True Review
Current Issue Number 77 Vol.20  March 2011
 
 
 
 
 
 
 
 
 
Nebula Awards Showcase 2011

NEBULA AWARDS SHOWCASE 2011:

NEBULA AWARDS SHOWCASE 2011, ed. by Kevin J. Anderson. TOR (www.tor.com), 2011, 412 pp., $17.99. ISBN 978-0-7653-2842-7

In the past, many of the Nebula Award anthologies from other publishers were filled with a lot of essays and recollections, with few stories.

But this time the opposite is true.

Anderson has done a fantastic job of compiling the best SF/Fantasy/Speculative Fiction/Slipstream/Alternate History published from the past year – this could be the best Nebula Awards volume yet published.

Here are a few of the best:

“I Remember the Future” by Michael A. Burstein. SF pulp writer Abraham Beard considers himself one of the founding fathers of the Golden Age of SF, right up there with Heinlein, Clarke, and Asimov. Living in the realities of post-Apollo, post-space-travel America in a small house in Queens, Beard lives only to regret having to spend too much time writing, neglecting his daughter, Emma, who reluctantly decides to visit him (and very infrequently). Beard wonders why the future, what used to appear so bright and promising and full of wonder and awe, watching mankind reach out to other worlds, other civilizations – becomes nothing but a hack writer’s foggy ideal, punished by the hardcore realities of a lost space program, of nations looking more to the mistakes of the past than speculations of the future. So what went wrong? Why has the future been abandoned? Or has it, really?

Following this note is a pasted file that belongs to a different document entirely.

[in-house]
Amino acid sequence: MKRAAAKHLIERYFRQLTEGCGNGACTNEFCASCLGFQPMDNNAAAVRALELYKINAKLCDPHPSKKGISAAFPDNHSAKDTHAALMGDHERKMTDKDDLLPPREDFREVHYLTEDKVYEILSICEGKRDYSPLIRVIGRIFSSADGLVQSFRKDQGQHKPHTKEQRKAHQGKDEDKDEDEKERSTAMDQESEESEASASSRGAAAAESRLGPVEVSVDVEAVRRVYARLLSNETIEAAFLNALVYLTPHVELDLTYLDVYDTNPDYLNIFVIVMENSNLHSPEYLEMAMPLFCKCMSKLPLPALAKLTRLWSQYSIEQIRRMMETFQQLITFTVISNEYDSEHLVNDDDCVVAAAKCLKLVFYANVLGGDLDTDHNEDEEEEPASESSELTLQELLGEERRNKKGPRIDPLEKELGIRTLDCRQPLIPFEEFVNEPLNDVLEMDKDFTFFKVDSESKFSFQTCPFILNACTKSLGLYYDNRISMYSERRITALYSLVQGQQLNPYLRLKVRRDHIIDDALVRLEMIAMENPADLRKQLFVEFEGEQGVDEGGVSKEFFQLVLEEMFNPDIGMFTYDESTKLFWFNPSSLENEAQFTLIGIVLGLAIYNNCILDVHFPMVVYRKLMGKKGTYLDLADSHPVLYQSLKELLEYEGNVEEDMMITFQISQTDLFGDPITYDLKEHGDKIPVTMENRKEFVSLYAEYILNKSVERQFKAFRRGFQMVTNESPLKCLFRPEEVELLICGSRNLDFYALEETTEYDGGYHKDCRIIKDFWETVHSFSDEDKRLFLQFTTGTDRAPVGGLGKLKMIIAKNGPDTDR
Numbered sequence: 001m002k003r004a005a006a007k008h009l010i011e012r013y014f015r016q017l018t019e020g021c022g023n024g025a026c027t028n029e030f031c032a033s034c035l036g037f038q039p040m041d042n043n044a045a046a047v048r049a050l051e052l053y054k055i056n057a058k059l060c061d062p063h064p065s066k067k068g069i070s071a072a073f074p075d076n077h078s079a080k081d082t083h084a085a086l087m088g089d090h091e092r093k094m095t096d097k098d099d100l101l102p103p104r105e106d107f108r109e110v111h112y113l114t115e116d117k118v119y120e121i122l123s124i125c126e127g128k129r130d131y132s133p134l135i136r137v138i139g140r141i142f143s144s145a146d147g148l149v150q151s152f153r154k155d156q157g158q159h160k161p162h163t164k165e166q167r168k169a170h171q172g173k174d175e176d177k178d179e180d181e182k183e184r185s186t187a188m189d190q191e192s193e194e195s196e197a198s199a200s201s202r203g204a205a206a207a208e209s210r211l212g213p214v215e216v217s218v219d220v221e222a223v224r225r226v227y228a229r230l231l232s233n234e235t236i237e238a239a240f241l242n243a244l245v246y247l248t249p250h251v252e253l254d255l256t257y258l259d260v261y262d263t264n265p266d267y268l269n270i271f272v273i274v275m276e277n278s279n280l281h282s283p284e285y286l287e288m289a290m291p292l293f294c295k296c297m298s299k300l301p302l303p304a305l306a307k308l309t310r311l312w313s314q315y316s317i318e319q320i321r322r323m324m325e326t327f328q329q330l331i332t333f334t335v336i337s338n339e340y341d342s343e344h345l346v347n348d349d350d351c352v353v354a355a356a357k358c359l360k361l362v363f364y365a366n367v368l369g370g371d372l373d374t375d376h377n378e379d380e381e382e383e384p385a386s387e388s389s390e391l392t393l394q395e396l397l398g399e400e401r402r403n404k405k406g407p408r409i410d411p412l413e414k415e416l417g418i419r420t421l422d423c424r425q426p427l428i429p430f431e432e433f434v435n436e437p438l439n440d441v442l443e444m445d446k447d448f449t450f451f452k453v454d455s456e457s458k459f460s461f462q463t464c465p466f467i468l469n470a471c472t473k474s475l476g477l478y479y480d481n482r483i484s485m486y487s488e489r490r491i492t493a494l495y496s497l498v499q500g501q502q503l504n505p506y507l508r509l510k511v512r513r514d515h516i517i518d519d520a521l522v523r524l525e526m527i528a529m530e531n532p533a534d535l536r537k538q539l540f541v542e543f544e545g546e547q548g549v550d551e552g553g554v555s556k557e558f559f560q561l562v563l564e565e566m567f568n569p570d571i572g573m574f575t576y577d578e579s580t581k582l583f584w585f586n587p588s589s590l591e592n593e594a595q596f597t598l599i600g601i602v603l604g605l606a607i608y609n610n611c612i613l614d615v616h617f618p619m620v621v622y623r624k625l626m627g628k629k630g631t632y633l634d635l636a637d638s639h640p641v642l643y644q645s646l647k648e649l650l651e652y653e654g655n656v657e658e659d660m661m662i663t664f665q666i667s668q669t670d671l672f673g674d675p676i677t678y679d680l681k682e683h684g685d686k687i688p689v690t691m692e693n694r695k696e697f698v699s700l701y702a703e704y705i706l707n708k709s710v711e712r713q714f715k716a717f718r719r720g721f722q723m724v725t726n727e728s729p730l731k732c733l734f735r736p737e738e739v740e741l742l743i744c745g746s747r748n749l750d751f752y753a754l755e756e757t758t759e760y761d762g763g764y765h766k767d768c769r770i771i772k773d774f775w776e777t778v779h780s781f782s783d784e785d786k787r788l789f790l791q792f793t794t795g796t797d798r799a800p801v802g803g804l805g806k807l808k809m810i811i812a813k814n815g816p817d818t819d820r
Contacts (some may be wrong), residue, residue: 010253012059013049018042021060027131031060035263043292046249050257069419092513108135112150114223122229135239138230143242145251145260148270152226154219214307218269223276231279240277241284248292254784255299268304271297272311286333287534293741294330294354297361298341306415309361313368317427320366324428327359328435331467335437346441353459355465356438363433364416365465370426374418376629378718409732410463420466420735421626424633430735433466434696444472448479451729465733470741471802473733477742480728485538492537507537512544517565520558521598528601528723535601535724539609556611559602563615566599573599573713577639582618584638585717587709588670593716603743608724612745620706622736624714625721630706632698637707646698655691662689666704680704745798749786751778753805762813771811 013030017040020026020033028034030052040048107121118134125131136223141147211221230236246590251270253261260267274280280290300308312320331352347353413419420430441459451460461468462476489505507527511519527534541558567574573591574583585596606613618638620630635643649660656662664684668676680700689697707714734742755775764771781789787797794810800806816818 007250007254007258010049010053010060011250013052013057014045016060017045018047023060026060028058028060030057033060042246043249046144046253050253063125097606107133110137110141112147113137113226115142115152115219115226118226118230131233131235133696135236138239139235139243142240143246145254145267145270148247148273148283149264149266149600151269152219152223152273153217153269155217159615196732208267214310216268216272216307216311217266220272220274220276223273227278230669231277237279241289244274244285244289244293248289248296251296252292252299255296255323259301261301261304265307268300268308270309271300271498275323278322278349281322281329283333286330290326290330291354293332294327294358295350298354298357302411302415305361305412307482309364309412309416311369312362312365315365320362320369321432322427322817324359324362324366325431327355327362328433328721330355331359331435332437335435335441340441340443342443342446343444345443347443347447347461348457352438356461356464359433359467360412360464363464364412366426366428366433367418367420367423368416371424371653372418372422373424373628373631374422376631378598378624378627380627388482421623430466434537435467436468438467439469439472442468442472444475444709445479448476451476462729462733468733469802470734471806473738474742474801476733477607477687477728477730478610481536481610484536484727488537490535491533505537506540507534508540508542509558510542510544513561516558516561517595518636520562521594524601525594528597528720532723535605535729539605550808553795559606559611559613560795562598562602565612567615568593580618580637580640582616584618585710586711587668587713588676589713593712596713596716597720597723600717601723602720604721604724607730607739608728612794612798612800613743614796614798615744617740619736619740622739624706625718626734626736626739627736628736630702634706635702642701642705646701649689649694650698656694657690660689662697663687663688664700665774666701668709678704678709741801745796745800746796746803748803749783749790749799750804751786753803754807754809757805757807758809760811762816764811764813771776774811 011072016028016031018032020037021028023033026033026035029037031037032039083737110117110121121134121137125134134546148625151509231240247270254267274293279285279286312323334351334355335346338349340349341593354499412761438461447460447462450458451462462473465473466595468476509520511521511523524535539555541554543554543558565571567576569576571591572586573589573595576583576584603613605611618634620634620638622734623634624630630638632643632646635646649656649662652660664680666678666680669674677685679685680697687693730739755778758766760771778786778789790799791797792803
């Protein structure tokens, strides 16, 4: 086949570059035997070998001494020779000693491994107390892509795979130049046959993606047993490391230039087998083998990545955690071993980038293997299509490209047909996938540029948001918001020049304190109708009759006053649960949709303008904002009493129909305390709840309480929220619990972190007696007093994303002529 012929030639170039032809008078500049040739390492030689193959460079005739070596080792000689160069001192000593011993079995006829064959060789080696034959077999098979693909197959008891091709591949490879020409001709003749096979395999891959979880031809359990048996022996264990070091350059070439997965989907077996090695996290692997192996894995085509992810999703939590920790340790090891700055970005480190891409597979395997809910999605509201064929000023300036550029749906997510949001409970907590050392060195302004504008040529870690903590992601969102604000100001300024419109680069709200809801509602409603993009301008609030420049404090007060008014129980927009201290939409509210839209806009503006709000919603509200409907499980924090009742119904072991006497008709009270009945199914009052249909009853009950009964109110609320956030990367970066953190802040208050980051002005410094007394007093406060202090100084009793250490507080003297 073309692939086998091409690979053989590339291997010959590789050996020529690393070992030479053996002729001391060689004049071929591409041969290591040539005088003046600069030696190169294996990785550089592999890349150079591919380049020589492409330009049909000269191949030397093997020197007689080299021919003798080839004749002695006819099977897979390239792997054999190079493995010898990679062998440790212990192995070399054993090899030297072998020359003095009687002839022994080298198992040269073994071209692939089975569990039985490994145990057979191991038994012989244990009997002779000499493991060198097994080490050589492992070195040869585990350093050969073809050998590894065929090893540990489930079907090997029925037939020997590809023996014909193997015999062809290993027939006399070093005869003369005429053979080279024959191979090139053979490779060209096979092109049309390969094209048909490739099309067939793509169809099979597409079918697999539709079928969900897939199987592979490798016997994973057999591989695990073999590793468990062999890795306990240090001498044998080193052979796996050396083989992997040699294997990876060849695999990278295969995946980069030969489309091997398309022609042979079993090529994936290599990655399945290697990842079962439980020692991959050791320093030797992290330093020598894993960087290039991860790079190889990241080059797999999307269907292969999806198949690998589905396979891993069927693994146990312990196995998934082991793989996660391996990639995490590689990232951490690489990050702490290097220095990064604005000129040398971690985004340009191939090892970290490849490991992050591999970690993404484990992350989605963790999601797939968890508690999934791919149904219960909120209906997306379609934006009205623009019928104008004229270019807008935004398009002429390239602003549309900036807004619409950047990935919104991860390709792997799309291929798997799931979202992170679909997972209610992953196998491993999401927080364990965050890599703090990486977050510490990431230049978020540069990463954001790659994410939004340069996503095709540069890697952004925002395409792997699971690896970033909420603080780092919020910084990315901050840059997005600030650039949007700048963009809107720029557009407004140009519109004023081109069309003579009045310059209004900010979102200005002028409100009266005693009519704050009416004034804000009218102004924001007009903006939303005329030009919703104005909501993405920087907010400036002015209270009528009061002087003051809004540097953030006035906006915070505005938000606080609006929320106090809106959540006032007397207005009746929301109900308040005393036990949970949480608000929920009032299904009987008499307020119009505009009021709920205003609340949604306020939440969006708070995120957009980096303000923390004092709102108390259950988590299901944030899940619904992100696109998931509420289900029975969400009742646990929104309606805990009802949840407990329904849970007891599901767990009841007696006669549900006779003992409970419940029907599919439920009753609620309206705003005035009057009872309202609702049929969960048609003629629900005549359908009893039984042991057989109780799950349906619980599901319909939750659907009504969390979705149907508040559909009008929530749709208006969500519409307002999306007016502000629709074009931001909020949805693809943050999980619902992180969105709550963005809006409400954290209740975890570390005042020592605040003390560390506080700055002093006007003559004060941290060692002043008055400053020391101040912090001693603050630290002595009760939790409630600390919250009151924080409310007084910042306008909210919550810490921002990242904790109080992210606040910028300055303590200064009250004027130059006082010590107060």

“Bridesicle” by Will McIntosh. Mira finds herself in some type of cryogenic crypt, frozen since her death in a car accident, revived by visitors at the dating center. Guys wanting a companion have the option to pay to revive her for marriage, or whatever. But many visitors want to talk to her, and one would love to revive her but can’t afford the fee. Fortunately, Mira’s love transcends the decades she spends frozen and awaiting revival – and how she makes her way up from the sleep of death is certainly memorable.

“Spar” by Kij Johnson. A spacewrecked survivor is intimately tied to an alien, trying to survive until rescue arrives.

In NEBULA AWARDS SHOWCASE 2011, a tribute to SFWA Author Emeritus Neal Barrett Jr. comes with heartfelt praise by Joe R. Lansdale. Includes is the story by Barrett, “Getting Dark.”

“The Gambler” by Paolo Bacigalupi. LiveTrack IV, a news service of the Internet maelstrom, is desperate, like all Internet news sites, for page views. However, their journalist Ong prefers “spinach reading” or material that is vital, far-reaching, with great impact on people (stories about the environment or changing economic climates or both), stories that may help people save the planet. Unfortunately, Ong’s managing editor, Janice, needs him to do some really hardcore journalism, some real sensationalism. So Ong travels to interview the superstar performer Kulaap – and the paparazzi follow. Ong eventually realizes the insanity of his role in this “journalism” to garner higher page views and learns to do the right thing.